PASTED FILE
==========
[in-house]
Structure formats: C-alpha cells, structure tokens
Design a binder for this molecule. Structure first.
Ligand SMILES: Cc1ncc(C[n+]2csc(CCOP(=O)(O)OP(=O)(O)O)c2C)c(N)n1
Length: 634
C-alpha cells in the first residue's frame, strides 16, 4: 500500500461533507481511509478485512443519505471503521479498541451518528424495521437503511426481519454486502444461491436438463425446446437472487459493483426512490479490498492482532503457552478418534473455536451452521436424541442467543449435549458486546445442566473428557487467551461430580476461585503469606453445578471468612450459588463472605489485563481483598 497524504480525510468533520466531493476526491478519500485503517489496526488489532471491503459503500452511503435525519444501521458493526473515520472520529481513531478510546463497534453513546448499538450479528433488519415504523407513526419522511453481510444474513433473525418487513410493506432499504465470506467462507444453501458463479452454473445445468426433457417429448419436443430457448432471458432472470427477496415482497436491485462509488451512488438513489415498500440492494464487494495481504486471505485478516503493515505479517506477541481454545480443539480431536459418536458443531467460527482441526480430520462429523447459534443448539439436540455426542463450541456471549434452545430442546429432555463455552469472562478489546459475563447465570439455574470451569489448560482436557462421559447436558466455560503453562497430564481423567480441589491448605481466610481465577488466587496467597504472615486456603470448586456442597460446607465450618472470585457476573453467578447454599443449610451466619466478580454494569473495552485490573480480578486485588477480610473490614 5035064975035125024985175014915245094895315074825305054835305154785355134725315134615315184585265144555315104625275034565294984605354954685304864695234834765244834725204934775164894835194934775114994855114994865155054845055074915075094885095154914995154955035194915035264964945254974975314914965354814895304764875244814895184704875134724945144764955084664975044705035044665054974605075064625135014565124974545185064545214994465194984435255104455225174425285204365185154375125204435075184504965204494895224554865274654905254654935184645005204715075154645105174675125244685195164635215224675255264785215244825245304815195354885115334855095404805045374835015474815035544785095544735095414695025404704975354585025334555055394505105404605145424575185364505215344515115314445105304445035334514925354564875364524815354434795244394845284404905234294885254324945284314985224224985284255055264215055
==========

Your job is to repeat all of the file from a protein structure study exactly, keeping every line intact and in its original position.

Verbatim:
[in-house]
Structure formats: C-alpha cells, structure tokens
Design a binder for this molecule. Structure first.
Ligand SMILES: Cc1ncc(C[n+]2csc(CCOP(=O)(O)OP(=O)(O)O)c2C)c(N)n1
Length: 634
C-alpha cells in the first residue's frame, strides 16, 4: 500500500461533507481511509478485512443519505471503521479498541451518528424495521437503511426481519454486502444461491436438463425446446437472487459493483426512490479490498492482532503457552478418534473455536451452521436424541442467543449435549458486546445442566473428557487467551461430580476461585503469606453445578471468612450459588463472605489485563481483598 497524504480525510468533520466531493476526491478519500485503517489496526488489532471491503459503500452511503435525519444501521458493526473515520472520529481513531478510546463497534453513546448499538450479528433488519415504523407513526419522511453481510444474513433473525418487513410493506432499504465470506467462507444453501458463479452454473445445468426433457417429448419436443430457448432471458432472470427477496415482497436491485462509488451512488438513489415498500440492494464487494495481504486471505485478516503493515505479517506477541481454545480443539480431536459418536458443531467460527482441526480430520462429523447459534443448539439436540455426542463450541456471549434452545430442546429432555463455552469472562478489546459475563447465570439455574470451569489448560482436557462421559447436558466455560503453562497430564481423567480441589491448605481466610481465577488466587496467597504472615486456603470448586456442597460446607465450618472470585457476573453467578447454599443449610451466619466478580454494569473495552485490573480480578486485588477480610473490614 5035064975035125024985175014915245094895315074825305054835305154785355134725315134615315184585265144555315104625275034565294984605354954685304864695234834765244834725204934775164894835194934775114994855114994865155054845055074915075094885095154914995154955035194915035264964945254974975314914965354814895304764875244814895184704875134724945144764955084664975044705035044665054974605075064625135014565124974545185064545214994465194984435255104455225174425285204365185154375125204435075184504965204494895224554865274654905254654935184645005204715075154645105174675125244685195164635215224675255264785215244825245304815195354885115334855095404805045374835015474815035544785095544735095414695025404704975354585025334555055394505105404605145424575185364505215344515115314445105304445035334514925354564875364524815354434795244394845284404905234294885254324945284314985224224985284255055264215055